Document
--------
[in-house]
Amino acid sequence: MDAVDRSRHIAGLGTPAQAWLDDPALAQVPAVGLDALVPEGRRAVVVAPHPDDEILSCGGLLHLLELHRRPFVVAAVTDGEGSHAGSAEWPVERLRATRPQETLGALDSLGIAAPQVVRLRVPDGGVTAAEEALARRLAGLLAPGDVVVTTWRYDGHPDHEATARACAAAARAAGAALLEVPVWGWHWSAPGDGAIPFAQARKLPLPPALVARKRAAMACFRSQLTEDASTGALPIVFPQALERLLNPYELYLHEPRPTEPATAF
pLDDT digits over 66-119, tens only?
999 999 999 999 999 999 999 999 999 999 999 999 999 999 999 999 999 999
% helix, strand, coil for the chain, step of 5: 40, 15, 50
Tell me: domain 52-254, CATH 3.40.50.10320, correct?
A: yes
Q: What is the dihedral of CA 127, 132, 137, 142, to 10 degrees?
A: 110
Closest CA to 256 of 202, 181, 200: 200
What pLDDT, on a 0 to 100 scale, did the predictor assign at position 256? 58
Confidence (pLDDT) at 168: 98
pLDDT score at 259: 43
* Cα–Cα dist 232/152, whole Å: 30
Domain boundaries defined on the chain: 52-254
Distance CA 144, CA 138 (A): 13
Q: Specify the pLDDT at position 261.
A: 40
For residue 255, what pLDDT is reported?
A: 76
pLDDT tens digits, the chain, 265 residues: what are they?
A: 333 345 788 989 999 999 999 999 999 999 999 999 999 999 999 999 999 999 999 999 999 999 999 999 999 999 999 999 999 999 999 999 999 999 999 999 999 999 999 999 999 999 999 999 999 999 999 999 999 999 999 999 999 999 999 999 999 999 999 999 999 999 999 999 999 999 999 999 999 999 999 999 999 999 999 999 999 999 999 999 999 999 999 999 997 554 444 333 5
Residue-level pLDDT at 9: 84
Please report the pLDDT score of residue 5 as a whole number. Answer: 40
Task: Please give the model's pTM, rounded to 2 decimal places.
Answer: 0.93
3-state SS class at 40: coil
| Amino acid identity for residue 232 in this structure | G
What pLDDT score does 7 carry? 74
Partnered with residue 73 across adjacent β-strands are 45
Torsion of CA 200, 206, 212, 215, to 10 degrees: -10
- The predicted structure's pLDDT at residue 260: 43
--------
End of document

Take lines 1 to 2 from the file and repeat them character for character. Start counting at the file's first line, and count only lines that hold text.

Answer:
[in-house]
Amino acid sequence: MDAVDRSRHIAGLGTPAQAWLDDPALAQVPAVGLDALVPEGRRAVVVAPHPDDEILSCGGLLHLLELHRRPFVVAAVTDGEGSHAGSAEWPVERLRATRPQETLGALDSLGIAAPQVVRLRVPDGGVTAAEEALARRLAGLLAPGDVVVTTWRYDGHPDHEATARACAAAARAAGAALLEVPVWGWHWSAPGDGAIPFAQARKLPLPPALVARKRAAMACFRSQLTEDASTGALPIVFPQALERLLNPYELYLHEPRPTEPATAF